This sequel to 1942 loses the simplicity of the old one, but becomes a much better console game in the process.
Game: 1943: The Battle of Midway
Platforms: Arcade, NES
From the moment I started up this game, I knew it was going to be better than 1942. The graphics just look so much better, and the movement is much more fluid.
The basic premise is the same: you, a lone fighter pilot, are tasked with destroying the entire Japanese amarda. Even though this premise remains the same, the gameplay has been tweaked to create a more engaging console experience.
Firstly, you can earn points to upgrade your plane throughout the game. These upgrades range from defense to fuel to attack and special weapons. Hang on, fuel? Yes, fuel. This game introduces a sort of timer mechanic that means your plane loses fuel throughout the level and when hit by an attack. This means the one hit deaths of 1942 have disappeared, and now the game can throw some harder situations at you, without it feeling unfair.
Special weapons also receive an upgrade. The “POW”-erups that were present in the last game now contain much-needed fuel. Shooting at them can turn them into other powerups such as burst weapons. Another new weapon is the weather attacks, a press of the A button in game results in an elemental attack, such as lighting, disabling the weapons of everything on screen. Both weapon powerups and elemental attacks require a lot of fuel though, so there’s an element of strategy to when or if you use them.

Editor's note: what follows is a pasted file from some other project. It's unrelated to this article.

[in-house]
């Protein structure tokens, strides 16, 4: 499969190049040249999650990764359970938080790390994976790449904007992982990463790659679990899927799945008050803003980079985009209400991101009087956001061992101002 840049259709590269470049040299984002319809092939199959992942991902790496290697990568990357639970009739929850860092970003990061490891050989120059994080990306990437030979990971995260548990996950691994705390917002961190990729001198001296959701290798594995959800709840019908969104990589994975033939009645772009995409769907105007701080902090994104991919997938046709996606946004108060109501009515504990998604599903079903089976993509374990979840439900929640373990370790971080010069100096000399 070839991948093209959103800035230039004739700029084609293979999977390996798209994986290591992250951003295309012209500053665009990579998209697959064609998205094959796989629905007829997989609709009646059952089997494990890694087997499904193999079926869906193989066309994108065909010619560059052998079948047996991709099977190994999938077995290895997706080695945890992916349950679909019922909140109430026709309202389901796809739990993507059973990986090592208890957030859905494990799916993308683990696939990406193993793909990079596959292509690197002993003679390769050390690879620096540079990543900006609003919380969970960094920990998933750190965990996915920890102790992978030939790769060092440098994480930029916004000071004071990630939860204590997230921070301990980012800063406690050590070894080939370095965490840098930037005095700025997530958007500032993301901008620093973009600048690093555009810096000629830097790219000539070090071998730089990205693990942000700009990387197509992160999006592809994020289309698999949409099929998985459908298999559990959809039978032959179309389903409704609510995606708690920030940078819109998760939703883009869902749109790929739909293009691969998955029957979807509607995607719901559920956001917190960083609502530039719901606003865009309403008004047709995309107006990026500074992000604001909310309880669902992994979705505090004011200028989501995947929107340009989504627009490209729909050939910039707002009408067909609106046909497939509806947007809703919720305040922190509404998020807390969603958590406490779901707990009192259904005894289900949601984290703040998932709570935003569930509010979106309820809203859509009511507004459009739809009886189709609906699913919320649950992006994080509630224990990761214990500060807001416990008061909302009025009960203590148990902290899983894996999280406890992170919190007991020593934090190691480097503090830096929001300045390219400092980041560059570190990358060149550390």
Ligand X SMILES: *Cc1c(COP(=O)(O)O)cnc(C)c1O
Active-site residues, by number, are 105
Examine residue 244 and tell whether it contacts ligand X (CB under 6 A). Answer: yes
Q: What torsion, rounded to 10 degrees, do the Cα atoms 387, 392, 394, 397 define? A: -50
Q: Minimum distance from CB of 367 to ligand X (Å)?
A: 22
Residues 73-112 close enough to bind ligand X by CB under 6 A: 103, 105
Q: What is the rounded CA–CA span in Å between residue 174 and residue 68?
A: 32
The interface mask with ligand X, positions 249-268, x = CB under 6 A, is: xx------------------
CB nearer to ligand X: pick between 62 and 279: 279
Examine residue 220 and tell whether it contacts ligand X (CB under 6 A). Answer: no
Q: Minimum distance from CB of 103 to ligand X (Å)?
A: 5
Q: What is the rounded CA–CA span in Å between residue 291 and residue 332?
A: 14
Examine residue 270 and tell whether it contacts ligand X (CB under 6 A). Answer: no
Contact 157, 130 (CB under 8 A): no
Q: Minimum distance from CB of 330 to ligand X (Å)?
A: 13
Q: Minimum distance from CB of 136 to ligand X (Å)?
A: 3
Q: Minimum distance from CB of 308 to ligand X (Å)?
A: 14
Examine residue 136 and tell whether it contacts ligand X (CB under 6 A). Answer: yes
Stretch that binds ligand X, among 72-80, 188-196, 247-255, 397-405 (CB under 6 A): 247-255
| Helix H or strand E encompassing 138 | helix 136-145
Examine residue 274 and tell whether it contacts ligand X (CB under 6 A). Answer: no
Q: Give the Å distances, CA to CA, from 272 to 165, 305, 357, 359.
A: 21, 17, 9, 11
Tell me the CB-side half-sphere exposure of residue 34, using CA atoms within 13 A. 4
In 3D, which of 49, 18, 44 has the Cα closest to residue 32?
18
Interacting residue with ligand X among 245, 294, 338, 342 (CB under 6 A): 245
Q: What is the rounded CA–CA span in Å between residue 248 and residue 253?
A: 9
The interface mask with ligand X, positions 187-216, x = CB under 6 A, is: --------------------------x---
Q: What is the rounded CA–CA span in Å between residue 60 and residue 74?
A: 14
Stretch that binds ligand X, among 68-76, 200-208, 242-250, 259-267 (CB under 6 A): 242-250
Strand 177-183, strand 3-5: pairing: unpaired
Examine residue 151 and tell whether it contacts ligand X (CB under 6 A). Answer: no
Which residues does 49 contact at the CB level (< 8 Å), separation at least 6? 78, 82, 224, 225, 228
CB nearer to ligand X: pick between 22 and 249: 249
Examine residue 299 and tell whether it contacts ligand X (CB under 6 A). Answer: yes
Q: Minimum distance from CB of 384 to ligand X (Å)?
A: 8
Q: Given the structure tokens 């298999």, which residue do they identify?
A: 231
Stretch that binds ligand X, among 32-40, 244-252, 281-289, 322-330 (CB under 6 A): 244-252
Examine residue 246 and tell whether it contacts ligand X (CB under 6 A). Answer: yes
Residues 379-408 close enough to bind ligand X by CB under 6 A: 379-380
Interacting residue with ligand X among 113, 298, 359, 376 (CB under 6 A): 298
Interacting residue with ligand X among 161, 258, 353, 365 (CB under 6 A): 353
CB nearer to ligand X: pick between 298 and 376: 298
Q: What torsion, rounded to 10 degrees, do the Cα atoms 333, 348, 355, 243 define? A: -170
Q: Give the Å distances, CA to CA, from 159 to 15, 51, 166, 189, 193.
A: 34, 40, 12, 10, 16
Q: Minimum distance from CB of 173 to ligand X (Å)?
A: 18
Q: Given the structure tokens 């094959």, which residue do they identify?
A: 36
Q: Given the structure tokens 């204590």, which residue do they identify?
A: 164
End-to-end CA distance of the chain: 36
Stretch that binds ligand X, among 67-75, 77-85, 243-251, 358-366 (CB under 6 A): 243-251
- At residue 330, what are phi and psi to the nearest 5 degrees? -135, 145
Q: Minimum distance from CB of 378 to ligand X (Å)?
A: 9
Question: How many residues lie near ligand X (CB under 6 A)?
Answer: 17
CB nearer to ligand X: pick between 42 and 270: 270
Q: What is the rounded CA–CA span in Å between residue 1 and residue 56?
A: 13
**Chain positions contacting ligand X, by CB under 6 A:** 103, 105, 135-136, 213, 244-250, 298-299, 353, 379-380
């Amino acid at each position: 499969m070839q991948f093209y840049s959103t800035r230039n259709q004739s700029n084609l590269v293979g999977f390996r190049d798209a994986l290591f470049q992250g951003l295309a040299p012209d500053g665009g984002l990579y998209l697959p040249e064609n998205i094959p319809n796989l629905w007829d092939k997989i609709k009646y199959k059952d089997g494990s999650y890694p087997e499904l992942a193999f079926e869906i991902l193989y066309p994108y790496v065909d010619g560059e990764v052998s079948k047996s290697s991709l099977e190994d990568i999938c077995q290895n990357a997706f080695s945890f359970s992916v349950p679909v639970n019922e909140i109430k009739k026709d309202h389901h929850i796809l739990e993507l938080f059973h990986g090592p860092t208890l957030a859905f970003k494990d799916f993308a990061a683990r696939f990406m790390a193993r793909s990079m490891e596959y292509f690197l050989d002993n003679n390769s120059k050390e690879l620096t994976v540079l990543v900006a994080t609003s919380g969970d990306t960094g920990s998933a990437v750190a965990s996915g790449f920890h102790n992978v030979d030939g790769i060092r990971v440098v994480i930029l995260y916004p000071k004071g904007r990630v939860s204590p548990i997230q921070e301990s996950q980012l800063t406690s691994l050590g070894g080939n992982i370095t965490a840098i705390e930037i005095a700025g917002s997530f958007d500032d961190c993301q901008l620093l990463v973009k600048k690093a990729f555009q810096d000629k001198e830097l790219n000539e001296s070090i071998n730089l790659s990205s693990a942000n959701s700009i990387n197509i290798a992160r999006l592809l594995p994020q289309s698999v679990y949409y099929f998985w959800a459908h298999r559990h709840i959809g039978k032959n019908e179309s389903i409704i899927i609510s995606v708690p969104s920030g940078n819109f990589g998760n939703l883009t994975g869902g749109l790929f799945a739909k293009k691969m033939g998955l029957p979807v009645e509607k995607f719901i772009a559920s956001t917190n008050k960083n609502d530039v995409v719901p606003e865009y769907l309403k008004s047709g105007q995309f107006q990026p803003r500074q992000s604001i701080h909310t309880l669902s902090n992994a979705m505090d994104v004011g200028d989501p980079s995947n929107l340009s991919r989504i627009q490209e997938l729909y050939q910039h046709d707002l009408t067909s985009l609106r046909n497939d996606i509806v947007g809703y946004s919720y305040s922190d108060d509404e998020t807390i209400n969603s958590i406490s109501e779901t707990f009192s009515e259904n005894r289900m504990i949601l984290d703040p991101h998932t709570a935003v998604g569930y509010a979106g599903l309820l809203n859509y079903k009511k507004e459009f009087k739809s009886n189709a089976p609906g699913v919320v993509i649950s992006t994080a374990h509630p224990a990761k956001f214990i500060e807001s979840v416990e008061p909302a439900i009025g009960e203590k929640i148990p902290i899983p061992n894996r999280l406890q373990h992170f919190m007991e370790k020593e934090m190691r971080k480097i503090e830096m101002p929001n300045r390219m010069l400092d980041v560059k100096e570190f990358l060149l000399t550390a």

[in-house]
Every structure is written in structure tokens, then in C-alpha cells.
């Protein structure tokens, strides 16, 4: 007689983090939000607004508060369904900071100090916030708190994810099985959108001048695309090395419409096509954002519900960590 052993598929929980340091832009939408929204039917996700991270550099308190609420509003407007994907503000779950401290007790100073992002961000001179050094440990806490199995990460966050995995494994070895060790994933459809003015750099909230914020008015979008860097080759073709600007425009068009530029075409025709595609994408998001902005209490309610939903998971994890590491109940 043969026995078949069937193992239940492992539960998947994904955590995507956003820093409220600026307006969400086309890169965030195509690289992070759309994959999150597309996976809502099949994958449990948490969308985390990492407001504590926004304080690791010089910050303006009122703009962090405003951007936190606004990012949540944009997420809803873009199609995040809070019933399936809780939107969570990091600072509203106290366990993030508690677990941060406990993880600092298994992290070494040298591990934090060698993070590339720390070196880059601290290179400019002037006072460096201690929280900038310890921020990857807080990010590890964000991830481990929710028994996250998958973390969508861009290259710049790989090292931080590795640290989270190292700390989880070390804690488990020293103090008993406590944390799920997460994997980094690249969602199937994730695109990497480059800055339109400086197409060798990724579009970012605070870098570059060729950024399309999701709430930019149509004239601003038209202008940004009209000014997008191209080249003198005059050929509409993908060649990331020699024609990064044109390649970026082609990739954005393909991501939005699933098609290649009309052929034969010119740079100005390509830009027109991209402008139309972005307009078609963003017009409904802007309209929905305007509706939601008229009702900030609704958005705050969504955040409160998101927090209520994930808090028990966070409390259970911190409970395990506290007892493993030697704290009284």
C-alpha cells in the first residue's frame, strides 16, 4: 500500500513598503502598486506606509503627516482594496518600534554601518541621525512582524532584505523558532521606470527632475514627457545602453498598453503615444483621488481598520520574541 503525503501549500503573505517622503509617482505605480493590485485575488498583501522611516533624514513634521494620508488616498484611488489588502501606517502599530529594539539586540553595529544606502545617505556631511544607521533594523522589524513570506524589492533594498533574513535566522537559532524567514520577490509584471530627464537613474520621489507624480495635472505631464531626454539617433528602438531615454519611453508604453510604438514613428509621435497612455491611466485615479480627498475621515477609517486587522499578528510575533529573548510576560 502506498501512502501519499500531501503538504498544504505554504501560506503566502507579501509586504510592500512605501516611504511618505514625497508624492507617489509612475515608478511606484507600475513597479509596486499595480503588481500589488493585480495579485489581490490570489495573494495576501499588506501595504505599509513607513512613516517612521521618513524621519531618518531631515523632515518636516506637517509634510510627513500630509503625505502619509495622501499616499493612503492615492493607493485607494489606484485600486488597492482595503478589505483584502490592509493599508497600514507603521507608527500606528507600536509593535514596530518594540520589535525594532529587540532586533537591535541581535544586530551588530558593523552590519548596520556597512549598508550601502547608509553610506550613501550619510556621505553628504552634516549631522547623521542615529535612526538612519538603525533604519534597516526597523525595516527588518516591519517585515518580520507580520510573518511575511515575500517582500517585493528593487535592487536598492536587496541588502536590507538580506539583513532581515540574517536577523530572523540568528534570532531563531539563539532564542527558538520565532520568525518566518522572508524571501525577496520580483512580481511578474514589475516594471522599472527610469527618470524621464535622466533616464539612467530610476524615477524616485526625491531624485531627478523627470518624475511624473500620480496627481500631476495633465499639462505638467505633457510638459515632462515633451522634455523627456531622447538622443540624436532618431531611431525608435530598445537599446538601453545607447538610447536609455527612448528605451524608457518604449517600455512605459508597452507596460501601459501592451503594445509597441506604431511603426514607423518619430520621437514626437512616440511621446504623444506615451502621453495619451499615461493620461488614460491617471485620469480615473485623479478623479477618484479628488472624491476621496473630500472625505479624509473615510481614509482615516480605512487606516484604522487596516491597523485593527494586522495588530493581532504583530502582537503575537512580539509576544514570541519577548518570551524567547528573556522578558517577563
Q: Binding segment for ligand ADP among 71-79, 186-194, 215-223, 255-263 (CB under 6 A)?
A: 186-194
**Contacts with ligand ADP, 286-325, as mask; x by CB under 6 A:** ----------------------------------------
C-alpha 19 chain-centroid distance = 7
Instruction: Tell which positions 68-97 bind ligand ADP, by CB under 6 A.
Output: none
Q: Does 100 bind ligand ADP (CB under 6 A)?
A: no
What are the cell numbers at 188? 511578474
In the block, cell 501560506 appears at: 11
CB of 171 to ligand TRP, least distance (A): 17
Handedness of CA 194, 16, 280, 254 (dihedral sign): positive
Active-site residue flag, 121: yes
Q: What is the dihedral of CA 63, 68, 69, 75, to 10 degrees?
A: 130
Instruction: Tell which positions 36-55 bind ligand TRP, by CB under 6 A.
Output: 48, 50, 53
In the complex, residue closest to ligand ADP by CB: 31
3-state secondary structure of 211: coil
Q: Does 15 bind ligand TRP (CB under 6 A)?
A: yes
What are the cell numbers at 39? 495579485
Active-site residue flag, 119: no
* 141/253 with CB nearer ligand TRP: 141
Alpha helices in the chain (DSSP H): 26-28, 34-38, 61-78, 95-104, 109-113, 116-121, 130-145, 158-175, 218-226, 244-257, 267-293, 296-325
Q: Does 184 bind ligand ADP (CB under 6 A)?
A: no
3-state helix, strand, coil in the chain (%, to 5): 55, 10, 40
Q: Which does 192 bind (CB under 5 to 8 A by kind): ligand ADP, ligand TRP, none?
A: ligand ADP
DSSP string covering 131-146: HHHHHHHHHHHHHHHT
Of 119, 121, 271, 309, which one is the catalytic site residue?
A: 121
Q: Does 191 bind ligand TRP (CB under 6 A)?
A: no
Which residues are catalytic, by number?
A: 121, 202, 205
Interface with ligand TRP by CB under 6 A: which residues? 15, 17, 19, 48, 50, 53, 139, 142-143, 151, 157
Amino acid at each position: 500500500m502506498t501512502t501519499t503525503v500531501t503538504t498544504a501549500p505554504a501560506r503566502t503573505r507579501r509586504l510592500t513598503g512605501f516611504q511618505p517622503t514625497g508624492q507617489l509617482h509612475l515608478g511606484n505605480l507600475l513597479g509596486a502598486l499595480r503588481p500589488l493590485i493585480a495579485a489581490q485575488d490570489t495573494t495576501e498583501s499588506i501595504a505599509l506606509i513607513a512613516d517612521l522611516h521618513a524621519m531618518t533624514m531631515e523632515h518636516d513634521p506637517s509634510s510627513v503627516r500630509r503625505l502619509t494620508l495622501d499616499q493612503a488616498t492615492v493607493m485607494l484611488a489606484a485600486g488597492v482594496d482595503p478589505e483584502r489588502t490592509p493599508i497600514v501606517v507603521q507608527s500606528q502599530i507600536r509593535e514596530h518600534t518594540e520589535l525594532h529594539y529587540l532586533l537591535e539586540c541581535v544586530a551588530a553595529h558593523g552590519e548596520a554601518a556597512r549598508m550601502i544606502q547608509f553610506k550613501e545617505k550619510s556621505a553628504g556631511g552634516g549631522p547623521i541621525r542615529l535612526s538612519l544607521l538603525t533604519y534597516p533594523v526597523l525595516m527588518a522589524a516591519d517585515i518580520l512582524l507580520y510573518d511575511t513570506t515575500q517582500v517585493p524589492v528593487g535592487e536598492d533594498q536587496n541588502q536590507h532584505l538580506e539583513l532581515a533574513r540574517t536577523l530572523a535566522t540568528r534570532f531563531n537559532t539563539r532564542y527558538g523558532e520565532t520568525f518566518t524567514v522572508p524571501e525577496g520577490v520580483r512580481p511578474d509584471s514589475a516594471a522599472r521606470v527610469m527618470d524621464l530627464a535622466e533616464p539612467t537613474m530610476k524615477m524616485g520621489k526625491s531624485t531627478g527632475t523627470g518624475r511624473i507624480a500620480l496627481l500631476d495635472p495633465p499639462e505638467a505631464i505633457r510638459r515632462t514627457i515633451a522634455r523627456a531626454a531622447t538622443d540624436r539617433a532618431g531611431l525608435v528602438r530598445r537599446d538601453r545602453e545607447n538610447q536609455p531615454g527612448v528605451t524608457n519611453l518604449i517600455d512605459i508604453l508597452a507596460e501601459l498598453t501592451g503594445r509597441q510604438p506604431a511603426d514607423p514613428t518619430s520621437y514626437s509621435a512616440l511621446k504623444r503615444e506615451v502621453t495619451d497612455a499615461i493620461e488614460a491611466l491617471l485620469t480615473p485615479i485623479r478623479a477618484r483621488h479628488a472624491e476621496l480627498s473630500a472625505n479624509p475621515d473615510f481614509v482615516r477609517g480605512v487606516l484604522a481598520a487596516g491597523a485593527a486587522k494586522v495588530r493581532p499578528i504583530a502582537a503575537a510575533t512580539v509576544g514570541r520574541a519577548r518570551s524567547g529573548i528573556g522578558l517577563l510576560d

Level design has also received an overhaul. Now each level contains two stages: the first, consisting of planes, bombers, and all the weaker enemies; and a boss section, which can, for example, take place closer to the ocean. Bosses range from cruisers to aircraft carriers to giant planes, or even just a relentless assault from bombers. This is a much better design than the fairly similar level designs of 1942, which were only broken up by the occasional boss battle.
My one major complaint with this game was that it can feel unfair at times, when it just doesn’t need to be. I have no doubt that I will encounter artificially difficult games in this NES collection, but this shouldn’t be one of them. Planes will cole straight for you, with no way of dodging them. Some planes can drop below your line of fire, making them more difficult to kill. I would have much rather preferred some proper strategy here, because 1942 didn’t have this problem to the extreme that 1943 does. A midpoint between the difficulty styles of the two games needed to be reached. There was some minor stuttering occasionally, but nothing major.
I regret to say I couldn’t finish this game. It was too similar to 1942, and the difficulty just felt unfair. Maybe one day I’ll finish this, but for now I have to move on.
1943 is a definite improvement on the previous installment, with numerous gameplay and design enhancements, and so I’m giving it a 4/5 objectively. Subjectively though, although I appreciated the game I just couldn’t get into it, so I’m giving it a 3/5.
+ Good Level Design
+ Gameplay enhancements
– Unfair difficulty